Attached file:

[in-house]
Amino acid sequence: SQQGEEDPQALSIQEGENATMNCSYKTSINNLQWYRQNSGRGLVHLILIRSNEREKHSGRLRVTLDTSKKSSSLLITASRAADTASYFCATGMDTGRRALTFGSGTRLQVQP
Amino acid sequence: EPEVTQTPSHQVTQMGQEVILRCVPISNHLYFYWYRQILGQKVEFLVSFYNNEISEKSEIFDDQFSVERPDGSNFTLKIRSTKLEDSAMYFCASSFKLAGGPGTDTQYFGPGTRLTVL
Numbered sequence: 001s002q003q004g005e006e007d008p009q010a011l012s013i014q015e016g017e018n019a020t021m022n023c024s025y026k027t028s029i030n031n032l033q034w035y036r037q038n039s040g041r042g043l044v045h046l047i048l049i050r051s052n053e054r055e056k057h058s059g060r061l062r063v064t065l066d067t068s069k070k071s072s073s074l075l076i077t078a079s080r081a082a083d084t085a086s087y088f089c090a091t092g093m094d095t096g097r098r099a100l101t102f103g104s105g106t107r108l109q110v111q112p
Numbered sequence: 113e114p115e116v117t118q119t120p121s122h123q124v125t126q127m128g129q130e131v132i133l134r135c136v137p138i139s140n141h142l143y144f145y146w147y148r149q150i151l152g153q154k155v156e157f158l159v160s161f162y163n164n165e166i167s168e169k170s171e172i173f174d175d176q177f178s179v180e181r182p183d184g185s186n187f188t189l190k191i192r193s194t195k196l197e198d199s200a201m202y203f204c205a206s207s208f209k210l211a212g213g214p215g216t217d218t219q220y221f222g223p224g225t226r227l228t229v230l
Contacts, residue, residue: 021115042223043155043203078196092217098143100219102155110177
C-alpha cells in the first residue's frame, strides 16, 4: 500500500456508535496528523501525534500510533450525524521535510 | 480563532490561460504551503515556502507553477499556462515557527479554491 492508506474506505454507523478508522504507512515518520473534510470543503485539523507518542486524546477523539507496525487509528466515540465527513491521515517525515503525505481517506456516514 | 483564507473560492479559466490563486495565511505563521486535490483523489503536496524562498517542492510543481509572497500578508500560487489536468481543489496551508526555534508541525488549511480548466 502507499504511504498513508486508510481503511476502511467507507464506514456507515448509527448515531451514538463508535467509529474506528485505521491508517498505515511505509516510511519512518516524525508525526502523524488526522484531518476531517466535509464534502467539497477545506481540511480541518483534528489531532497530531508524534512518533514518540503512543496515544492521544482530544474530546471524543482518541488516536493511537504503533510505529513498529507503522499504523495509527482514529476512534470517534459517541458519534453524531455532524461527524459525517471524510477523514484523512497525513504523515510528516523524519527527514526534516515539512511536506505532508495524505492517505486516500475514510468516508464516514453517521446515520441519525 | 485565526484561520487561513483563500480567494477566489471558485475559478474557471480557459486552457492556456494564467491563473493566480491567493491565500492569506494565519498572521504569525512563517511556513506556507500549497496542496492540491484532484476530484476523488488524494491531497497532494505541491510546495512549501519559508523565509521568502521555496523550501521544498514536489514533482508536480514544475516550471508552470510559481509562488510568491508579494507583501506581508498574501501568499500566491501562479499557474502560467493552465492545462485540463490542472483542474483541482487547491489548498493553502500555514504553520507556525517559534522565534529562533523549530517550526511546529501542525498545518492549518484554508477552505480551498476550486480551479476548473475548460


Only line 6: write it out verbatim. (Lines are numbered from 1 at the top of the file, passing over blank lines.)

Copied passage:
Contacts, residue, residue: 021115042223043155043203078196092217098143100219102155110177